SACRAMENTO, Calif. (AP) - Many California state agencies are not complying with the state's information technology standards, leaving them vulnerable to a major security breach of sensitive data such as Social Security numbers, health information or tax returns, the state auditor reported Tuesday.
SACRAMENTO, Calif. (AP) — Many California state agencies are not complying with the state's information technology standards, leaving them vulnerable to a major security breach of sensitive data such as Social Security numbers, health information or tax returns, the state auditor reported Tuesday.
"Our review found that many state entities have weaknesses in their controls over information security. These weaknesses leave some of the state's sensitive data vulnerable to unauthorized use, disclosure, or disruption," Auditor Elaine Howle wrote in the report.
She notes that the state is a prime target for information security breaches as government agencies keep extensive amounts of confidential data. Many agencies also have not sufficiently planned for interruptions or disasters, she found.
In June, the federal Office of Personnel Management announced a major hack that exposed personal information of about 20 million current and former federal employees and job applicants.
"Given the size of California's economy and the value of its information, if unauthorized parties were to gain access to this information, the costs both to the state and to the individuals involved could be enormous," Howle wrote.
The auditor's report said the agency in charge of ensuring compliance with IT standards has failed to ensure agencies are complying; a voluntary "self-certification" of compliance was confusing and poorly worded, she wrote, leading many agencies to report that they were complying when they were not. She also criticized the department for its slowness in auditing agencies.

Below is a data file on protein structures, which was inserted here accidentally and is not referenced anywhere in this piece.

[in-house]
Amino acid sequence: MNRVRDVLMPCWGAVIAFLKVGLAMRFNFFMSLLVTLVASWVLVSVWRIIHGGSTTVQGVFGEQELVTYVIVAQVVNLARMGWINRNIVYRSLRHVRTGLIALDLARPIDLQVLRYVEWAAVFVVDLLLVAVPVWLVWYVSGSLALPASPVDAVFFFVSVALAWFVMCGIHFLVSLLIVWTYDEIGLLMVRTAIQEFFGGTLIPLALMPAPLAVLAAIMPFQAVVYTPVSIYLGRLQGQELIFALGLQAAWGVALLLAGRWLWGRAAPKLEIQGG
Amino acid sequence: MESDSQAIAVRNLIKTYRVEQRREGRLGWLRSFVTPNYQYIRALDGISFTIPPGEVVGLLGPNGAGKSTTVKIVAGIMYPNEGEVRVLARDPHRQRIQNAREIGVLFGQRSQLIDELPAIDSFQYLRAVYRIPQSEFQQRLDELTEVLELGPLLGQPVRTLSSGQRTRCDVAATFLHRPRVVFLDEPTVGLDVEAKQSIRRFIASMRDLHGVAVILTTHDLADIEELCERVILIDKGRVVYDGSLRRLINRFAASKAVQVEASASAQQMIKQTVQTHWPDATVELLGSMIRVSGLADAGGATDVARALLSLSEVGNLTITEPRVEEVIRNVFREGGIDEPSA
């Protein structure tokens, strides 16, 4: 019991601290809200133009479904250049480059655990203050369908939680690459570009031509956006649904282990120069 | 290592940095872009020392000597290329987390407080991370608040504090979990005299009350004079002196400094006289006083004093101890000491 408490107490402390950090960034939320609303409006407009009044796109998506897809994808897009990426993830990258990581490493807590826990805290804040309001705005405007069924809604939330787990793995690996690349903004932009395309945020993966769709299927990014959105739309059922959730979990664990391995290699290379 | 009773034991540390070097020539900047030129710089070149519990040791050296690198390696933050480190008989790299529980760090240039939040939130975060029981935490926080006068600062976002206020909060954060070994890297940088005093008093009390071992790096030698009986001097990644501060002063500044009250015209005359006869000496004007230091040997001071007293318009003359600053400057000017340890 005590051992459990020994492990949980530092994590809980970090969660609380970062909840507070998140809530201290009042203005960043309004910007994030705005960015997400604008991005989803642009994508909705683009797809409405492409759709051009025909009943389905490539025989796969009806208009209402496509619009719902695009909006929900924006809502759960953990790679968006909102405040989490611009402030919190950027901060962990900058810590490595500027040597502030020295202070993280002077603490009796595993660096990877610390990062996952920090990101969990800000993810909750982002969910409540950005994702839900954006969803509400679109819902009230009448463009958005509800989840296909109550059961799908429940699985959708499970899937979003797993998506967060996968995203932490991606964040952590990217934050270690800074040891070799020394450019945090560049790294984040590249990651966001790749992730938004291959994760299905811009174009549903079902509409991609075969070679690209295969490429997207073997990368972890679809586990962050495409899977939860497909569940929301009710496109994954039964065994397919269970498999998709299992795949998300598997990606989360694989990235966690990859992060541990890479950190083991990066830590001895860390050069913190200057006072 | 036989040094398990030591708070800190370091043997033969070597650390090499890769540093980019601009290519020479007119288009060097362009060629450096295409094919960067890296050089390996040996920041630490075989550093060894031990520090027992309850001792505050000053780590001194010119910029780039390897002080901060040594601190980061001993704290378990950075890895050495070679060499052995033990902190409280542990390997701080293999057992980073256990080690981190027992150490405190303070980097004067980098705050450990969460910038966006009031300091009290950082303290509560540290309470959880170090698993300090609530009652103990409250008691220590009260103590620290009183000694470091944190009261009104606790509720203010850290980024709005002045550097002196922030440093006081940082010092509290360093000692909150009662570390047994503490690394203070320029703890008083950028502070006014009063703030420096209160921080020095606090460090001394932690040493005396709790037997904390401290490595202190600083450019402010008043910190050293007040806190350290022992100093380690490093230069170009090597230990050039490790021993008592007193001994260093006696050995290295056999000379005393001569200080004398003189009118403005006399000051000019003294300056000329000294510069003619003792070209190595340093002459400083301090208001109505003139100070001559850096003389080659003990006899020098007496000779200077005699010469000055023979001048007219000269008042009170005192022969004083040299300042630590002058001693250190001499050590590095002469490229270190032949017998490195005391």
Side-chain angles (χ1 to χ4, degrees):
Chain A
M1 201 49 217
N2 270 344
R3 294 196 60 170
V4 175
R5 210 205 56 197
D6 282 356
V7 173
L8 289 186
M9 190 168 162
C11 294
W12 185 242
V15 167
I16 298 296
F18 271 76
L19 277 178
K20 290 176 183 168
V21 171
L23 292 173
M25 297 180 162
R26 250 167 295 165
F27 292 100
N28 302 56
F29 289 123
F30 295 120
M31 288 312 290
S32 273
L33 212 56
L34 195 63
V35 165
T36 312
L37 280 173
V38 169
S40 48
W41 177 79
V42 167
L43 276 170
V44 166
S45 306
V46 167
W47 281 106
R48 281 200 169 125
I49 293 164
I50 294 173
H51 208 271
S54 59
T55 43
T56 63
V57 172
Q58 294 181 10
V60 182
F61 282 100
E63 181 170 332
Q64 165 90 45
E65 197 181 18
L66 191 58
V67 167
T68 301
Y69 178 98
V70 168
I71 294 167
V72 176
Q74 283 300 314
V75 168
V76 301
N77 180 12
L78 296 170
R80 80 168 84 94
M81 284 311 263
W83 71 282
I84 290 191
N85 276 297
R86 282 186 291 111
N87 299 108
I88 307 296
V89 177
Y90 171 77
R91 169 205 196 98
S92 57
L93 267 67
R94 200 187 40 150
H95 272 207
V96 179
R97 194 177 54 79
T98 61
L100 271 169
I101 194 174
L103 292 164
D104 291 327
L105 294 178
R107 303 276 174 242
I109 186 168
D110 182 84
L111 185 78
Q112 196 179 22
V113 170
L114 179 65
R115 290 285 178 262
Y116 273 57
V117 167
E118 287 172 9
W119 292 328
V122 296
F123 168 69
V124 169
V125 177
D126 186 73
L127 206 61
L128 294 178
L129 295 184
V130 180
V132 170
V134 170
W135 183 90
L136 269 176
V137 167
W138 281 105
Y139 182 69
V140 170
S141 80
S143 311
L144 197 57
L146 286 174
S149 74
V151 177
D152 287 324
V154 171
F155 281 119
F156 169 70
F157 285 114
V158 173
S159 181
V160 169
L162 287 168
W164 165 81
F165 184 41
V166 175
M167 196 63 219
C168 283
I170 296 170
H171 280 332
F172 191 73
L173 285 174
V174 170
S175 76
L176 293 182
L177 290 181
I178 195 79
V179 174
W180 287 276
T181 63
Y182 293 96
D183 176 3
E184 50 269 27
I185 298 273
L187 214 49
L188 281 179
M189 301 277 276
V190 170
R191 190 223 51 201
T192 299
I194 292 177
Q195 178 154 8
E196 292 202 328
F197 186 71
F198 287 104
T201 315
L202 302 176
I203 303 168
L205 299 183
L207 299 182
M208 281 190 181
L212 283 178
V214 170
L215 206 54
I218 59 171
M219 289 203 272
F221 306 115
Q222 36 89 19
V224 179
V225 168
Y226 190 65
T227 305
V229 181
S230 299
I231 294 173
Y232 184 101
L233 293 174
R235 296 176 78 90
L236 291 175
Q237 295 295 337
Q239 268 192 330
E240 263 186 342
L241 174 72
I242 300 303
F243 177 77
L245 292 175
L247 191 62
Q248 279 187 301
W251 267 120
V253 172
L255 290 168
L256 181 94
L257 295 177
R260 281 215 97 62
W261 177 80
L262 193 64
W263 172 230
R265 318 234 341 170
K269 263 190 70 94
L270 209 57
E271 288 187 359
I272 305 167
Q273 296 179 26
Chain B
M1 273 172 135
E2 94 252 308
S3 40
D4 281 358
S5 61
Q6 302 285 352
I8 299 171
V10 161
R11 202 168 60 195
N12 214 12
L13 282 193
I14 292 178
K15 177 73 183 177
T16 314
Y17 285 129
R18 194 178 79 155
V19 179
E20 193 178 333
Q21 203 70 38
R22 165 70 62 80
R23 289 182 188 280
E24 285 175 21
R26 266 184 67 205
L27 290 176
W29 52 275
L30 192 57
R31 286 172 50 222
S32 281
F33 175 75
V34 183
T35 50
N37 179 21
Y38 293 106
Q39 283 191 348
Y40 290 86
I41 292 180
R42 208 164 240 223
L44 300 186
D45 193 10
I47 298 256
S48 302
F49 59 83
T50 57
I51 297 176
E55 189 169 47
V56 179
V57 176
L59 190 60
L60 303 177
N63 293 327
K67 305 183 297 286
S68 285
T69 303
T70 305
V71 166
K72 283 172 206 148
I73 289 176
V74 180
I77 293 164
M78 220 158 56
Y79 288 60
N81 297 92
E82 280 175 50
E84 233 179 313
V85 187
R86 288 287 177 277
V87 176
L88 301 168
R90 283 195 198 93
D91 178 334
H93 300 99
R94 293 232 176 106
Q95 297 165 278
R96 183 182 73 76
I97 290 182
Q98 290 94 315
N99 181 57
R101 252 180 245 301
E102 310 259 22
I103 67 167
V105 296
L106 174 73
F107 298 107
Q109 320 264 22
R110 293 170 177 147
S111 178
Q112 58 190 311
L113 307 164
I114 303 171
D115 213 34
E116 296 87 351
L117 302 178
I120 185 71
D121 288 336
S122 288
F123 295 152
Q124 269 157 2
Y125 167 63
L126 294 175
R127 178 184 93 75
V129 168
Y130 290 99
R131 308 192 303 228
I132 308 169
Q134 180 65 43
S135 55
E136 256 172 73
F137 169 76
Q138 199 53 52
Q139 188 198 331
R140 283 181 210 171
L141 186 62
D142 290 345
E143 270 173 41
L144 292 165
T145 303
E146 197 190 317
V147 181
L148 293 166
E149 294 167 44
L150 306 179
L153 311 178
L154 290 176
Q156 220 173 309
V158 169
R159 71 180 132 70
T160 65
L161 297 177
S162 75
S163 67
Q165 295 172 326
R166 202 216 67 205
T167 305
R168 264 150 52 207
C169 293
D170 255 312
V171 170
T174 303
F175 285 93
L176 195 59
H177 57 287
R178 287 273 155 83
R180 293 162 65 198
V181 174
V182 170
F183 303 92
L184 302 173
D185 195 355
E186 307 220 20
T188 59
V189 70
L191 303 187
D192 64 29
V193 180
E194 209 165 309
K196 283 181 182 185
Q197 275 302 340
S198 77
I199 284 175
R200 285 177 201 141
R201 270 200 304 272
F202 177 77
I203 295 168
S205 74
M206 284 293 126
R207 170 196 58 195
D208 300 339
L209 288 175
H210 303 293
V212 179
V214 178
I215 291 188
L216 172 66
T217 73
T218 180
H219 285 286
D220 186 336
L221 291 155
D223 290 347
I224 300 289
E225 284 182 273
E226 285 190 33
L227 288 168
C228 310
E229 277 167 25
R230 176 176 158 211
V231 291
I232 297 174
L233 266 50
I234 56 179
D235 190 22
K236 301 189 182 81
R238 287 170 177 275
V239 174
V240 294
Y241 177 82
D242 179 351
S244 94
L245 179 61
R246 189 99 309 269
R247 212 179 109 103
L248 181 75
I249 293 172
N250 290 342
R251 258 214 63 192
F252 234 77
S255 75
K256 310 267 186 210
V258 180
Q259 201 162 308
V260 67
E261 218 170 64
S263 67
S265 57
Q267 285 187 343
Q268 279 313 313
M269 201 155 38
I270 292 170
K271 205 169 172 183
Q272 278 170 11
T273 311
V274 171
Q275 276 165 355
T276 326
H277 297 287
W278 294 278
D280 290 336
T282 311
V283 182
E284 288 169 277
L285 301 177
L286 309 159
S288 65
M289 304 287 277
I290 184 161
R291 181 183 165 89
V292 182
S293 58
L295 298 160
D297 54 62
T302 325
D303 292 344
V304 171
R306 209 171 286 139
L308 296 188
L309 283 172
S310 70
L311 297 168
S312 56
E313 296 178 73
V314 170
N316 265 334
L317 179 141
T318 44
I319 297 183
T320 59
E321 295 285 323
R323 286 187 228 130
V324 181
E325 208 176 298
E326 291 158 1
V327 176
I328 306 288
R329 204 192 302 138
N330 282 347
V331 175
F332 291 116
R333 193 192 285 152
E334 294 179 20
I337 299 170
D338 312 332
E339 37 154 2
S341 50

"At its current pace, it would take the technology department roughly 20 years to audit all reporting entities," she wrote.
The Department of Technology said in a written response to the audit that it is committed to improving oversight and to "improving the state's overall information security posture."
The department has already taken steps to better train staff on compliance reporting, updated its forms and is updating its internal procedures, Secretary Maribel Batjer wrote. A spokeswoman for the department declined to answer further questions about the findings.
To protect the state's security, the auditor's office left the names of agencies that responded anonymous. But it reported several major departments that did not comply with the auditor's request, including the California Air Resources Board, the Department of Forestry and Fire Protection, Department of General Services, California State Teachers' Retirement System and the Public Employees' Retirement System.